Minor. They might have made the perks more egalitarian for the average investor (e.g. if investing the average amount of what a U.K. investor has invested on the U.K.’s most popular site,, about $2,500, equal or exceed the perks provided to the highest investor category) by providing a transferrable discount on room rates per stay–say, 7.5% per night exercisable at any time by the investor by designated immediate family members and friends up to x amount of stays.

Major. An investment would seem to offer an IRR of about 20% or better if it is in fact paid by the end of 4 years. While the document calls for such a payment–if it hasn’t been paid out long before– if the financial forecast and fairly hefty profit margin don’t happen, the SBA involved lender’s first lien will likely mean no payments to investors until it is repaid in full or until lending covenants are changed to permit payment to the crowdfunding investors off the top each month.

I didn’t see a reference to any SBA subordination (or what would be needed in all events to ensure payments of the crowdfund investor’s 5% beginning after the startup period–or, if such payments are initially permitted as long as there is no default in the underlying loan agreement(s)).

In light of the total leverage and despite the frequently detailed presentation (though it wasn’t clear, in the time I spent reviewing, if Other Fixed Costs was really meant to include General and Administrative Costs which otherwise was lacking, nor what sums, and incentives, would be paid to management, including the founders, and who, actually, would be managing the property), I would want some more questions answered.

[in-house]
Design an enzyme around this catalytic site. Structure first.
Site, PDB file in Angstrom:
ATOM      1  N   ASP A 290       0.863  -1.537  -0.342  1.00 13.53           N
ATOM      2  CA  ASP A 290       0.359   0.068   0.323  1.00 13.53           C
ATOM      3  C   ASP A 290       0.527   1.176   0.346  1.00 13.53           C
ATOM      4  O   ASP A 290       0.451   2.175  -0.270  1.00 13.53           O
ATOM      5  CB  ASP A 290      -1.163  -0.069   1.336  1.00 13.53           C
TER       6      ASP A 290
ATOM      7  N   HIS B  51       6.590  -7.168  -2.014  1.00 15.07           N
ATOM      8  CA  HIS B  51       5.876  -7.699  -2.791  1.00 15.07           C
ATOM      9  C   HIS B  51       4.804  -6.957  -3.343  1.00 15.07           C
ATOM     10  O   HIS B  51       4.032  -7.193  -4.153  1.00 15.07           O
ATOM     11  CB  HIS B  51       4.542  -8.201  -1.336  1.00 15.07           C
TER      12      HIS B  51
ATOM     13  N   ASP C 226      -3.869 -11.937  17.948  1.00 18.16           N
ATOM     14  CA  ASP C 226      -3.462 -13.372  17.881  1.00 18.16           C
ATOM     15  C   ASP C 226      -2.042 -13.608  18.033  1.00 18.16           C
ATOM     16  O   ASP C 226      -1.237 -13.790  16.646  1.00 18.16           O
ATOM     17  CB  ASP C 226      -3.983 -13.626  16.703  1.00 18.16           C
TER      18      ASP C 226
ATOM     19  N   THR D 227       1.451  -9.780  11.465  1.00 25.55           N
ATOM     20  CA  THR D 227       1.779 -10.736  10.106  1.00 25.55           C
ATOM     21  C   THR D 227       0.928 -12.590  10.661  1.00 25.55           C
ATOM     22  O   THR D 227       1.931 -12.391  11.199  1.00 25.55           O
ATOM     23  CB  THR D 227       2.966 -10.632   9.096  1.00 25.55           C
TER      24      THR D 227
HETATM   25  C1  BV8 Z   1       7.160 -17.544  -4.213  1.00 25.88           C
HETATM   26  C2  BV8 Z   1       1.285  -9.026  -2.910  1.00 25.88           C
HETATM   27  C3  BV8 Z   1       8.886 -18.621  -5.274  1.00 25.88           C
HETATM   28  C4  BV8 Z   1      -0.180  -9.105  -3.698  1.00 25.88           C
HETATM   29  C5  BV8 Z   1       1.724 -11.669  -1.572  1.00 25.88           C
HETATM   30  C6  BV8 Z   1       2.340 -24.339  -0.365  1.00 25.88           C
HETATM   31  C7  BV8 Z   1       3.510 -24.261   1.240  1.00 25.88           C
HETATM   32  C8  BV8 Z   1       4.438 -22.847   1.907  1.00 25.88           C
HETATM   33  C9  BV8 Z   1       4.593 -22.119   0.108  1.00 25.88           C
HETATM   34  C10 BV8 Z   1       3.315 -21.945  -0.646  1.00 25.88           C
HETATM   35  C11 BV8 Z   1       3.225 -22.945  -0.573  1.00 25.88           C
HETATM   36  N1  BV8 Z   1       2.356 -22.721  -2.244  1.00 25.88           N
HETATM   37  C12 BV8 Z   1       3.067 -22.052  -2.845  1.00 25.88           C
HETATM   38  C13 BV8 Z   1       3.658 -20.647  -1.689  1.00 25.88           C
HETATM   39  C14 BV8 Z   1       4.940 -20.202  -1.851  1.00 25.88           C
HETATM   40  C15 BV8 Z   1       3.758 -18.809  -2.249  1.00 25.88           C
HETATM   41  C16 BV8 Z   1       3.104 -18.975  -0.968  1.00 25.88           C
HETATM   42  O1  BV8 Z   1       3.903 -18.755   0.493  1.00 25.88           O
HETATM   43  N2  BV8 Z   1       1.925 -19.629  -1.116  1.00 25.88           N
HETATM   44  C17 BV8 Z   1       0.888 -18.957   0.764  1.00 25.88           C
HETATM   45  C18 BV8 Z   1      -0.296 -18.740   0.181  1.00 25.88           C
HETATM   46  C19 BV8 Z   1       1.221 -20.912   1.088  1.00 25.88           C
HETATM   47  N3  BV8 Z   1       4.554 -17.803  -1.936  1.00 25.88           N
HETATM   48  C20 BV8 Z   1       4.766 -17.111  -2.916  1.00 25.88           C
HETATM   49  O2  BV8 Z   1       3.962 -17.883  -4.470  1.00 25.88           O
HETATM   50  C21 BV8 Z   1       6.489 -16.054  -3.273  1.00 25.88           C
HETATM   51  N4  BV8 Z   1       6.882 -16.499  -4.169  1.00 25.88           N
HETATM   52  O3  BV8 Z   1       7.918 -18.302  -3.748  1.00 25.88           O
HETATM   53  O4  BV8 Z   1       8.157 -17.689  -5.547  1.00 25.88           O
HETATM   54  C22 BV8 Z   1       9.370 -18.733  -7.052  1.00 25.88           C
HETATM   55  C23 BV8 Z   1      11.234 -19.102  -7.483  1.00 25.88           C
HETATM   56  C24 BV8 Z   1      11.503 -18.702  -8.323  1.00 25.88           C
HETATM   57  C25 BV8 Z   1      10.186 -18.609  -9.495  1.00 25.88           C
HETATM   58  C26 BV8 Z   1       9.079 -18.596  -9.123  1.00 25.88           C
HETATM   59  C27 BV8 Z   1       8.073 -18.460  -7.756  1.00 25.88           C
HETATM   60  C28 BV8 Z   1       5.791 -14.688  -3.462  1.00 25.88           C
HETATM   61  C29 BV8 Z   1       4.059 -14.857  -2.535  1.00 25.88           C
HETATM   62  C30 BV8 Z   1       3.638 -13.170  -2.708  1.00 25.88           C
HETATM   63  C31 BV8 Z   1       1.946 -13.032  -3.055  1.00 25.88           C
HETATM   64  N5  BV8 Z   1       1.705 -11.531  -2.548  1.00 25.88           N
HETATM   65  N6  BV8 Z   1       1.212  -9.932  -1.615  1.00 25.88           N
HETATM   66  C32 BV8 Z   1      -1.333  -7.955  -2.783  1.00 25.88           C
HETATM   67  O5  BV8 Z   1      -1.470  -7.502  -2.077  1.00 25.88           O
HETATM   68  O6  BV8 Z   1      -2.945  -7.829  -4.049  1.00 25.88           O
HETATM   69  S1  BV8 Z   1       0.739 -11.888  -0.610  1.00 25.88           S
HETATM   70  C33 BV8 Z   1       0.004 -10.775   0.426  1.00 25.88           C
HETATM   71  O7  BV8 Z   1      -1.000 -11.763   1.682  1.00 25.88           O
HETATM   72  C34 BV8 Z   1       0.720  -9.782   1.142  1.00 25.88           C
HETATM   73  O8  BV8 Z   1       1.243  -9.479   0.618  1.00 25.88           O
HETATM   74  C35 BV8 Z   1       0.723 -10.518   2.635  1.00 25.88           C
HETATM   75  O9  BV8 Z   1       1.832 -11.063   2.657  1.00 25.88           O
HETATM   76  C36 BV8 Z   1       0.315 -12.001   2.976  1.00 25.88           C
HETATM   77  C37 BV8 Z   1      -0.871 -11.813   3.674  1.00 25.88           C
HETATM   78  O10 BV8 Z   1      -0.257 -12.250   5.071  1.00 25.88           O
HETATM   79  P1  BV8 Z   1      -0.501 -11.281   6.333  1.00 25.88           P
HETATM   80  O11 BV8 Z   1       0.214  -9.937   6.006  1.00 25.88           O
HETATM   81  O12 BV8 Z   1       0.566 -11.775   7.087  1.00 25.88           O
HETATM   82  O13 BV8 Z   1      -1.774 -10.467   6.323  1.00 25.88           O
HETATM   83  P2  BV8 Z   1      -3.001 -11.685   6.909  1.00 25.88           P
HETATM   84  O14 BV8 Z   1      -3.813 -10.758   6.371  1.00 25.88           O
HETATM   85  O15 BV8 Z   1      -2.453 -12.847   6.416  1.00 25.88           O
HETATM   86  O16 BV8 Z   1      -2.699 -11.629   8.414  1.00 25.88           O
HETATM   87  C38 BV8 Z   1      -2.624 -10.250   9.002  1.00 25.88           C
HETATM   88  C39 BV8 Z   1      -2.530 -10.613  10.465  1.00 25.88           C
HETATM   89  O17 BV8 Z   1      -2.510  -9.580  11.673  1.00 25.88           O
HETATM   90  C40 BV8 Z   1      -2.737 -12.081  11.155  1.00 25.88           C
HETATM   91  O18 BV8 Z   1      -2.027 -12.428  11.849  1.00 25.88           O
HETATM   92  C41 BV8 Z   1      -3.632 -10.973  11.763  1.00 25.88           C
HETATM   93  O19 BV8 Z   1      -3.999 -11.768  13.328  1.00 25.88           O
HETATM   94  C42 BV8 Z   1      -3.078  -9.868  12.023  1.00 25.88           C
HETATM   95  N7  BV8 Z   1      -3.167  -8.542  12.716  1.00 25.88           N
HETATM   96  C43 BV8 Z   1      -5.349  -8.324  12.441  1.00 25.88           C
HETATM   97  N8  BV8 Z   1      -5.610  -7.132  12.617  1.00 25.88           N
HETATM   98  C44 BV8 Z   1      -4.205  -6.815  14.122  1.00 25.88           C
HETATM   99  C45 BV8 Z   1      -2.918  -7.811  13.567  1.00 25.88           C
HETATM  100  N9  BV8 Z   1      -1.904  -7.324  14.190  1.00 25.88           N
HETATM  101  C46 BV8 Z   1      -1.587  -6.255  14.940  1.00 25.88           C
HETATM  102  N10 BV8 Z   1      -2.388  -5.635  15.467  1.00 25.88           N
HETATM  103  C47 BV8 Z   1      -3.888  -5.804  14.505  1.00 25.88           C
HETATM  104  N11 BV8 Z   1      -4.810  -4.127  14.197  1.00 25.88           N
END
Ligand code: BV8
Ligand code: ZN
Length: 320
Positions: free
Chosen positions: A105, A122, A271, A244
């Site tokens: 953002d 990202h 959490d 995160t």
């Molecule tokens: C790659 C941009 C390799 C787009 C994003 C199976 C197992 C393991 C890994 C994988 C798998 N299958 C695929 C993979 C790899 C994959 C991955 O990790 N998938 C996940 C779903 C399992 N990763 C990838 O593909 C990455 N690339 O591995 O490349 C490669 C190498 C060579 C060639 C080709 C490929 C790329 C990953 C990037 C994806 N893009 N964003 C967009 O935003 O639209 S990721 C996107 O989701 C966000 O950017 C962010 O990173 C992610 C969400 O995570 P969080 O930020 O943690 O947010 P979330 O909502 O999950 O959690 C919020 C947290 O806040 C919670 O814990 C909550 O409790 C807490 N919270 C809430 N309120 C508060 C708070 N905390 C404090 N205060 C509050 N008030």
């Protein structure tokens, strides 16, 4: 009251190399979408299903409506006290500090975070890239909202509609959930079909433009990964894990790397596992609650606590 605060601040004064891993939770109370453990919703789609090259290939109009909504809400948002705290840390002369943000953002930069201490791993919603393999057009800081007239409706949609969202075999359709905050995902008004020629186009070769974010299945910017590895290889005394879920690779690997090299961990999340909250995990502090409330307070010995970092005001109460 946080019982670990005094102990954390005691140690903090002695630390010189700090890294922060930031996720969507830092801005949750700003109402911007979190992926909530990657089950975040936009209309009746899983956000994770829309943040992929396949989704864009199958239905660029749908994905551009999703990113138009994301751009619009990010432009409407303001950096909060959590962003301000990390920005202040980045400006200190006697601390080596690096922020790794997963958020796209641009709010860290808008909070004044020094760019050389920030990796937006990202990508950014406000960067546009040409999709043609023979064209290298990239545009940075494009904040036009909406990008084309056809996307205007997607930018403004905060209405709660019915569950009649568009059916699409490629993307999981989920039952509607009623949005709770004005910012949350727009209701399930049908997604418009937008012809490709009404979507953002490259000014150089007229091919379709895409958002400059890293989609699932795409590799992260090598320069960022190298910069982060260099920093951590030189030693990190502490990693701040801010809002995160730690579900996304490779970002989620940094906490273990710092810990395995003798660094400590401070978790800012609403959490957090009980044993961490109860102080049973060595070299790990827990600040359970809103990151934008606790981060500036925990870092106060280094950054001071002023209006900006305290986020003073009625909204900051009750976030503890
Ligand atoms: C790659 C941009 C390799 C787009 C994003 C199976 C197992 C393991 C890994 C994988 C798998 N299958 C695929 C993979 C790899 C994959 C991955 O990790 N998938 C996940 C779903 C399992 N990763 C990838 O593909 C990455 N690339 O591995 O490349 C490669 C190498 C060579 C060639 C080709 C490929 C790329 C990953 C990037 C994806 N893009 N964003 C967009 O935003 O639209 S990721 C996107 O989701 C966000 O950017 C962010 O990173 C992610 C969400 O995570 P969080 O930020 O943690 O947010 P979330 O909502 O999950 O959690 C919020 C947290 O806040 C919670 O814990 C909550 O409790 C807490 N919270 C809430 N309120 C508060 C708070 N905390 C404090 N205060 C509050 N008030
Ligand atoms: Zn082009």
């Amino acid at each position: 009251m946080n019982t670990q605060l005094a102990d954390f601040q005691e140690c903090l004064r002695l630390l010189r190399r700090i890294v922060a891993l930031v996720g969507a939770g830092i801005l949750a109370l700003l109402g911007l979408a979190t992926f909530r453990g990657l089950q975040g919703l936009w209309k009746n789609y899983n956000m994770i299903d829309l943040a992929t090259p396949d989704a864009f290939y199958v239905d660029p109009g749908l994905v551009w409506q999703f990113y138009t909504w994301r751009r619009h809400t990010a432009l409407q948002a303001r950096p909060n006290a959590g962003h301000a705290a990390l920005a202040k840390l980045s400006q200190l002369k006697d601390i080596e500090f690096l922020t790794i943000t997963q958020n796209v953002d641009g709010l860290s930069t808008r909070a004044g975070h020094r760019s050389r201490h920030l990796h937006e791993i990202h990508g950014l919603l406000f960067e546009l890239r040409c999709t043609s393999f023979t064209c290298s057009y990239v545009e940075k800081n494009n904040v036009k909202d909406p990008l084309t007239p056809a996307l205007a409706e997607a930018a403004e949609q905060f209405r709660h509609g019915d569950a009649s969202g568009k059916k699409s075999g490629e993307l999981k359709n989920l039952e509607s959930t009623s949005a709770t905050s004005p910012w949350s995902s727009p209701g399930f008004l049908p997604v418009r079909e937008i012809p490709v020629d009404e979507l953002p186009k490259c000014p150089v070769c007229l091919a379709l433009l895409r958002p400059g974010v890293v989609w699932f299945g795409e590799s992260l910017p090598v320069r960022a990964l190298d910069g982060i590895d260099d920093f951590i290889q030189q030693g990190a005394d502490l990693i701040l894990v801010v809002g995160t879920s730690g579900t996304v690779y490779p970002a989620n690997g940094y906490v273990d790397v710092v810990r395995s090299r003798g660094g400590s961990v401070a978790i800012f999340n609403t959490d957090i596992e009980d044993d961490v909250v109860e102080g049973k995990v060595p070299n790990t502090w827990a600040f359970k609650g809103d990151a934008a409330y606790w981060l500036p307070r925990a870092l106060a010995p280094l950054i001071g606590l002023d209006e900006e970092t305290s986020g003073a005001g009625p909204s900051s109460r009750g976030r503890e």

That said, especially in light of the likely SBA personal guarantees by the founders to the bank and their respective community reputations, the proposal did not seem unfair to an investor. Thoughts of a relatively sound sleep would not seem unreasonable given a balance of the opportunity and the likely risks.

Drinking. Cleveland–a city which might come to be known for its whiskey–Cleveland Whiskey.

Crowdfunding is typically associated with start-ups with no operating history; it won’t be. Cleveland Whiskey is one of those businesses in which the founders have succeeded, at substantial personal costs and some government help, to get the business up and running. If they’ve done it right, they’ll see their market niche expand and be able to exploit their twist to develop and exploit their patented technology and trade secrets.